Mitsubishi’s role in Australia remains unchanged, said a spokesperson for the brand, with the only deviation being the reported demise of the Pajero from late 2021 or early 2022, and the go-ahead of the Triton in early 2022 that will share major components with the Nissan Navara and be available as a hybrid.
The sudden cessation of the brand’s sales in Europe and the UK does not affect service and parts supply. However, franchise dealers – particularly the smaller dealerships – are less than impressed.
UK-based Automotive Management said Mitsubishi has 103 dealer operators in the UK network and many were preparing to invest in an updated corporate identity program first unveiled in 2018.
The publication said Mitsubishi Motors’ UK managing director Rob Lindley early in 2019 said he had hopes of UK sales hitting 50,000 units by the end of 2022. At the time sales in the UK were running at around 20,000 units a year.
This week Mr Lindley was a co-signatory in the letter announcing the brand’s plan to exit the UK market, AM said.
AM said that one dealer said: “The real issue is for those smaller dealers who only trade in Mitsubishi. Today’s news is going to be a massive blow for them and effectively ends their franchised business.”
The change is part of a restructure of Mitsubishi and its alliance partners Renault and Nissan and falls under the recently-named “Small but Beautiful” mandate that effectively carves up the globe between the three major brand names and its smaller sub-brands.
The carve-up puts Nissan as the alliance lead in China, North America and Japan. Renault will focus on Europe, Russia, South America and North Africa. This leaves Mitsubishi as the lead partner in the ASEAN countries, including Australia.
The global slicing exercise does not preclude each brand from being sold in another’s sector, however their respective activities will be greatly reduced.
Along with territorial changes, the Alliance has indicated plans for the merger between Nissan and Renault – which was underway by former Alliance boss Carlos Ghosn before his corporate departure – are off the table.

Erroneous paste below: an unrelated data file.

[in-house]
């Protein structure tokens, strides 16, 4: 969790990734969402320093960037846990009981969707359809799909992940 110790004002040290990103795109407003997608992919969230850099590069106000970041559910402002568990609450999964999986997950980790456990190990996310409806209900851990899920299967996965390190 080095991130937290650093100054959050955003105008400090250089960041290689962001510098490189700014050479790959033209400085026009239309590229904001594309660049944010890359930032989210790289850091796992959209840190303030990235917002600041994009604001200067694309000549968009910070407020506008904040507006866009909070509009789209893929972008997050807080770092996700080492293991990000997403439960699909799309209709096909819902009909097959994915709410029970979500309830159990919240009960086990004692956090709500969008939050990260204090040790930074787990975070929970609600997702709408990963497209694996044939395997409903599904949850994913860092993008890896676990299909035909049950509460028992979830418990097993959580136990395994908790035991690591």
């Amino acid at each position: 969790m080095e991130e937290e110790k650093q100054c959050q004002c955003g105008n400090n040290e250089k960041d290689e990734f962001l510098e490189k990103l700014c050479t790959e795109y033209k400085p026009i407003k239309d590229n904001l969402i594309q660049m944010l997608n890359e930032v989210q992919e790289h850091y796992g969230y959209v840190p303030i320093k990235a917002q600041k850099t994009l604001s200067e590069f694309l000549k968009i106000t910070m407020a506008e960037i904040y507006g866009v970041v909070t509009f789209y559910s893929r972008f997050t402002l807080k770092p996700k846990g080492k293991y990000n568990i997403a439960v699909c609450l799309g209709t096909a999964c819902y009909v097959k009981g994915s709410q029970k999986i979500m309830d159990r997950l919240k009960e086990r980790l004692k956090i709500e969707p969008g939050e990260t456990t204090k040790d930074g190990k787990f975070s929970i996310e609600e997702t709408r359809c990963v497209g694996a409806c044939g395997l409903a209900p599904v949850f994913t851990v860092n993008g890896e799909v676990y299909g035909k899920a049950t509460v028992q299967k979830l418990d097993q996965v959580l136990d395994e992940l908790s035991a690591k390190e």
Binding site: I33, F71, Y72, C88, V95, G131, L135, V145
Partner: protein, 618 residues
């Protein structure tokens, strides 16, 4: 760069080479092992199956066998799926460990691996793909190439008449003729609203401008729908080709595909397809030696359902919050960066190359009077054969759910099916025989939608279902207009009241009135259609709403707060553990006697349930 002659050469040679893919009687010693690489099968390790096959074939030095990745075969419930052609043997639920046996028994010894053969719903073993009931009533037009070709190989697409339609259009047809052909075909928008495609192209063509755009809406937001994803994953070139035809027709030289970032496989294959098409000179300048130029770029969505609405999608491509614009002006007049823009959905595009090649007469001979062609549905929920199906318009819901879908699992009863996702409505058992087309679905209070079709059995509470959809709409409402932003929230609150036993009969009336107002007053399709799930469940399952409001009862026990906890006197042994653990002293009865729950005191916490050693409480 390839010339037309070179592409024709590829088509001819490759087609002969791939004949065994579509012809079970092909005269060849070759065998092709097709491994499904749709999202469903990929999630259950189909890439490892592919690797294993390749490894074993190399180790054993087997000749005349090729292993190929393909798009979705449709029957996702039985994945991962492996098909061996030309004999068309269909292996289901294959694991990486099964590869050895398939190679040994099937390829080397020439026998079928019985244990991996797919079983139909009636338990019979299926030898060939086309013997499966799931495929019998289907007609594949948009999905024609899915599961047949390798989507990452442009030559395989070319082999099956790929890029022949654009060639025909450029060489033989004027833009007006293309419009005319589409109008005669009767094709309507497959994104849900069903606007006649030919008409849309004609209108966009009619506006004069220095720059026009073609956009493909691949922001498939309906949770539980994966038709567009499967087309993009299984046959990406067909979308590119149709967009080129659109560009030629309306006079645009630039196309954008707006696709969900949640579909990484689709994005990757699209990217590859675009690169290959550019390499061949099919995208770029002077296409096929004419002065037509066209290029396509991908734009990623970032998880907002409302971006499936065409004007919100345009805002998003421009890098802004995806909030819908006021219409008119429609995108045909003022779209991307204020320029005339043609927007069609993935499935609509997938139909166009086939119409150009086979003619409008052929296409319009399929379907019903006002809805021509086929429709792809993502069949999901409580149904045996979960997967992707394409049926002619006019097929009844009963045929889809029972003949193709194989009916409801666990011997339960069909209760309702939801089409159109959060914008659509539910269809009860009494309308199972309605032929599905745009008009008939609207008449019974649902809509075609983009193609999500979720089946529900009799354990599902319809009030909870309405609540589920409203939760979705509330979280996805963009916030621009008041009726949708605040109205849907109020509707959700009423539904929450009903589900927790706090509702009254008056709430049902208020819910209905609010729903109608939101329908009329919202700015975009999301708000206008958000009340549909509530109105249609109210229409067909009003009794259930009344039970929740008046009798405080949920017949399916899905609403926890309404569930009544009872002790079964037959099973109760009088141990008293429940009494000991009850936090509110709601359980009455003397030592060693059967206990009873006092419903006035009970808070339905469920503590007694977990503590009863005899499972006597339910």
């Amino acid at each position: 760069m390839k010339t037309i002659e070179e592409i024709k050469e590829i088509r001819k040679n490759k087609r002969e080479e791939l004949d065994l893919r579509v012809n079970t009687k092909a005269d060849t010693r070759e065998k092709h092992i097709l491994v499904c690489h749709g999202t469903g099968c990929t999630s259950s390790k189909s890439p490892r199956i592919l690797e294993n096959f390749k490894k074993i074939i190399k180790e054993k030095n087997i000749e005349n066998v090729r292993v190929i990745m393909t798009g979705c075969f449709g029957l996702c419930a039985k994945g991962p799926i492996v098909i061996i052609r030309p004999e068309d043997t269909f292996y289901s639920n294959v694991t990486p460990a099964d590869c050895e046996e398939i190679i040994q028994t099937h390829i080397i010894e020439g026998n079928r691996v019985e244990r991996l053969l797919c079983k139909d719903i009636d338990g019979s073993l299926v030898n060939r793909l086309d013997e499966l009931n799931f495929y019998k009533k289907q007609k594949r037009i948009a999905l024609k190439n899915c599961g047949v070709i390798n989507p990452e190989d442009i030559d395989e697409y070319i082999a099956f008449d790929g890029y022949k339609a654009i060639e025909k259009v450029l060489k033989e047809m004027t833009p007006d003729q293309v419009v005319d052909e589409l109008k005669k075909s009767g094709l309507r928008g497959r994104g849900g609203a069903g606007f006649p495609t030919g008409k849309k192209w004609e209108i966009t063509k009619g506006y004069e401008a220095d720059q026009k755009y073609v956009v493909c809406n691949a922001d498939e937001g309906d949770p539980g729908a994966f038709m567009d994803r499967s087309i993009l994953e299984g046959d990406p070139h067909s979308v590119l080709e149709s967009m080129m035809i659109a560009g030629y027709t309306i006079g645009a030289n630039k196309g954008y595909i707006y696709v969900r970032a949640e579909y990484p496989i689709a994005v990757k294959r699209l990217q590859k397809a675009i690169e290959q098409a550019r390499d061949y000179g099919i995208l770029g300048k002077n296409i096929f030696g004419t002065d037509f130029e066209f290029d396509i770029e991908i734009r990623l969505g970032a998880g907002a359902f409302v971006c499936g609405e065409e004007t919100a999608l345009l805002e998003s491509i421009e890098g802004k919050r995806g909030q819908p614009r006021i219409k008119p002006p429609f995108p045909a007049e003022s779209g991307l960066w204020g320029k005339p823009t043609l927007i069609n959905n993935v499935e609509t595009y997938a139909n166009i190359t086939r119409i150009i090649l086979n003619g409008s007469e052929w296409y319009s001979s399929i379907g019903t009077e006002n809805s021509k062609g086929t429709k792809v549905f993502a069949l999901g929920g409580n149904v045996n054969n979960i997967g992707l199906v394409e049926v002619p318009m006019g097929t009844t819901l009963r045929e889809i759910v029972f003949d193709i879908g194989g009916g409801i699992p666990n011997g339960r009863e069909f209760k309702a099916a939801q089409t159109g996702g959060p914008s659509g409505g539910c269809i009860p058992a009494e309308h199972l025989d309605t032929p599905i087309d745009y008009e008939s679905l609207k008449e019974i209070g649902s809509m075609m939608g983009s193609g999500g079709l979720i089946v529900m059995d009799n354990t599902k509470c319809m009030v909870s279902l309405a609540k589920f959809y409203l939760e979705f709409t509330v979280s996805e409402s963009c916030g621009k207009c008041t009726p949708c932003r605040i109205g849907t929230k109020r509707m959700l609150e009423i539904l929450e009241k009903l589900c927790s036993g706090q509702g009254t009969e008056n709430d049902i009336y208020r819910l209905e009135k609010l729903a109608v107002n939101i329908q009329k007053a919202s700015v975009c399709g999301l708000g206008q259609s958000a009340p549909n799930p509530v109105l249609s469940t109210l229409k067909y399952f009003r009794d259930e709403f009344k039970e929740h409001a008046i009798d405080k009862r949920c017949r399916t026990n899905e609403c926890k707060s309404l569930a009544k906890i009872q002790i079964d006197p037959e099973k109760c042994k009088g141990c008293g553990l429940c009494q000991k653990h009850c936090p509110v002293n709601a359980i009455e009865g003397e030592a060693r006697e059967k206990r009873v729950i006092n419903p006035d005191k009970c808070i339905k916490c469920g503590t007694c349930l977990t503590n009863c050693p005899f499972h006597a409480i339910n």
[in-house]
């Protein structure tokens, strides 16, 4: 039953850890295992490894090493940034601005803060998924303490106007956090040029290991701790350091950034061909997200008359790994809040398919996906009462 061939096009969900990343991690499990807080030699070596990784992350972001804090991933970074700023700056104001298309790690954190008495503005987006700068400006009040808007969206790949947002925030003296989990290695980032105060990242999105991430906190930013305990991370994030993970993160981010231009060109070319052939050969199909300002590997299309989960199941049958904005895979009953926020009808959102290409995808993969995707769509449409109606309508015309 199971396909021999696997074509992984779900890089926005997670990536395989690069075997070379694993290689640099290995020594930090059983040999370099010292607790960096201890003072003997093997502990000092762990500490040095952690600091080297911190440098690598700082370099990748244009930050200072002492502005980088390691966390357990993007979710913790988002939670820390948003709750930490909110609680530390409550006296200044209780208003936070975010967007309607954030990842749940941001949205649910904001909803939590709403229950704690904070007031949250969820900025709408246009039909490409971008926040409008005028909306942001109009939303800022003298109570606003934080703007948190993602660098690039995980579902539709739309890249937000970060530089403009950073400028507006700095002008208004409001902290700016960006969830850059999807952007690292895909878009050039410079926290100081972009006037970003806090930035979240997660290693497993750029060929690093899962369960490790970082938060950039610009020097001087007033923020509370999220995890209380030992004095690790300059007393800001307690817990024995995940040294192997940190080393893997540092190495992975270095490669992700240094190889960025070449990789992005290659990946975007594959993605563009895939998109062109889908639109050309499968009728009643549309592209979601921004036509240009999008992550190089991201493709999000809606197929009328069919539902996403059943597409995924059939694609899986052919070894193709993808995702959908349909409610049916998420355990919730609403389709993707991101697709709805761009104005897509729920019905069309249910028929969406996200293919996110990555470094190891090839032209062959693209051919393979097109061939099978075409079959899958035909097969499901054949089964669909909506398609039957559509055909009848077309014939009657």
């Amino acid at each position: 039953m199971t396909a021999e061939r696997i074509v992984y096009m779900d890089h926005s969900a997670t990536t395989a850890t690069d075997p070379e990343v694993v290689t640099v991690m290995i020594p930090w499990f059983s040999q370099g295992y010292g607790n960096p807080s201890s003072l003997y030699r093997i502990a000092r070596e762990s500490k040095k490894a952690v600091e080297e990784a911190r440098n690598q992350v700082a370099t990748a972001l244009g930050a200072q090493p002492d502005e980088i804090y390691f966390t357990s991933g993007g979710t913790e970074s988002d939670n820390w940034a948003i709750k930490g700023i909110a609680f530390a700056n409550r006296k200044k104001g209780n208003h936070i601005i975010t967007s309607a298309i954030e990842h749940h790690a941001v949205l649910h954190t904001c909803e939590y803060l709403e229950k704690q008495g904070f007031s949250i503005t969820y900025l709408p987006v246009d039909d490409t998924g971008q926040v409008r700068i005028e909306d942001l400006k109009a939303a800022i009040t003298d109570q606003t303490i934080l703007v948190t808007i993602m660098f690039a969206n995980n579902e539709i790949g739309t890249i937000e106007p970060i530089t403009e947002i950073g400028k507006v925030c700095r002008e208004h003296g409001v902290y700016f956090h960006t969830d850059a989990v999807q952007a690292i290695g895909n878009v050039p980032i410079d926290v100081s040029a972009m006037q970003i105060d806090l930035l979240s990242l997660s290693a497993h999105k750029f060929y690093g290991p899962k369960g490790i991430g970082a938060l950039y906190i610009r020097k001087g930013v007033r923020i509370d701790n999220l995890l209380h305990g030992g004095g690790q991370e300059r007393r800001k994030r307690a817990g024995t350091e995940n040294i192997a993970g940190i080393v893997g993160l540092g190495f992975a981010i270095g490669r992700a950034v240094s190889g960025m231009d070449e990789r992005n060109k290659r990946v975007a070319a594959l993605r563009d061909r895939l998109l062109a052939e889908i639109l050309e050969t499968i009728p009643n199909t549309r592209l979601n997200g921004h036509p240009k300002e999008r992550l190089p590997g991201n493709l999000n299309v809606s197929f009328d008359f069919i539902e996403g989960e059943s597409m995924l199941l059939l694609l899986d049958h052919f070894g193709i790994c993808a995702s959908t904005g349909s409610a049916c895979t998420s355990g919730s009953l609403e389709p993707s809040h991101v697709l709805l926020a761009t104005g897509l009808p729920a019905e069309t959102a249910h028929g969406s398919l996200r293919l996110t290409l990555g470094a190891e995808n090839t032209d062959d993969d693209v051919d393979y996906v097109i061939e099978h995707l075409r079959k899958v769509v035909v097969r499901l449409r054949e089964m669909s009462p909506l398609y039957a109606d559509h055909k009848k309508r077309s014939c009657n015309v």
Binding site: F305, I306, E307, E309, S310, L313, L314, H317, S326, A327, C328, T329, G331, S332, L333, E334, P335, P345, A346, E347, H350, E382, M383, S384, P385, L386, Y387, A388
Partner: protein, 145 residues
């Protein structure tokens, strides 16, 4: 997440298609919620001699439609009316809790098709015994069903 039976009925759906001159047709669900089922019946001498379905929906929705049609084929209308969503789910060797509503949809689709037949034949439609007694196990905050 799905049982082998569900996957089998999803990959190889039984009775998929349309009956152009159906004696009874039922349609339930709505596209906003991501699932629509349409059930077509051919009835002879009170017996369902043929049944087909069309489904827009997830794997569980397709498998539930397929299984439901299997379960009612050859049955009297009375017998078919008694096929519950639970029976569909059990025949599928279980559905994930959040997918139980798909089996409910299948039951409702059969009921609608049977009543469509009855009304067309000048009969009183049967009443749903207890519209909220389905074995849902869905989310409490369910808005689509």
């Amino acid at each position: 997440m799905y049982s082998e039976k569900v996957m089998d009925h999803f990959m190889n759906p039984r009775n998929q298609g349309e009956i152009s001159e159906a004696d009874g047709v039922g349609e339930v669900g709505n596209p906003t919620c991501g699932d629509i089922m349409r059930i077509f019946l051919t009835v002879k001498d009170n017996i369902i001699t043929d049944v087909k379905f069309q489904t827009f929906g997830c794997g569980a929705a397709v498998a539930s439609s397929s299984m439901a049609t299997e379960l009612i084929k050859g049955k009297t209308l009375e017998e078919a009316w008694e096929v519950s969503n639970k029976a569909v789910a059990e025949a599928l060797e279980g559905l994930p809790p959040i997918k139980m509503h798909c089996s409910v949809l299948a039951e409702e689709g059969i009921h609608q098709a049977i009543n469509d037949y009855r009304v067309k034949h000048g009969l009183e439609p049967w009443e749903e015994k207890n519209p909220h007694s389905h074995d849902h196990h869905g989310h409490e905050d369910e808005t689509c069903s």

Nissan has already announced global cost cuts of $A3.98 billion that includes phasing out its sub-brand Datsun and closing its plant in Barcelona, meaning it will have no factory in the EU.
Renault plans to cut 14,600 jobs as part of its plan to save $A3.3 billion. It has also stated it will cut its output to 3.3 million vehicles by 2024, down from the current annual production of 4.0 million units.
Ther Colt Car Company, a private business founded as part of Mitsubishi Motors in 1974 to distribute the brand’s vehicles in the UK, has been left looking for other franchises.
The company, which is now owned by a Mitsubishi subsidiary after buying-out the 51 per cent of its partner in 2008, said in a letter to its franchised partners that it “did not, at any point, anticipate receiving this news”.
A spokesman for Colt Car Company told AM that the Mitsubishi Motors in the UK franchised car retail network would continue to sell the cars currently offered until such a time that they no longer comply with European regulations.
The company said as many retailers as possible would aim to be retained as part of a parts and aftersales network.
Mitsubishi UK will not introduce the new Eclipse Cross plug-in hybrid electric vehicle (PHEV) or the next-generation Outlander PHEV, but both are on track for launch in Australia.
Mitsubishi said its current profitability in Europe was at its lowest ever level at a time when it faces the cost of meeting increasingly challenging environmental regulations.
In a report this week detailing its Q1 financial performance, Mitsubishi reported a loss of 176.16 billion yen ($A2.34 billion) for the period, down from a 9.31 billion yen ($A120 million) profit a year earlier.
This resulted in an operating loss of 53.34 billion yen ($A710 million). In Q1 last year it recorded a profit of 3.86 billion yen ($A51 million).
UK sales of Mitsubishi vehicles in the first six months of 2020 have fallen 51.9 per cent to 4708 compared with 9784 units in the first half of 2019.
By Neil Dowling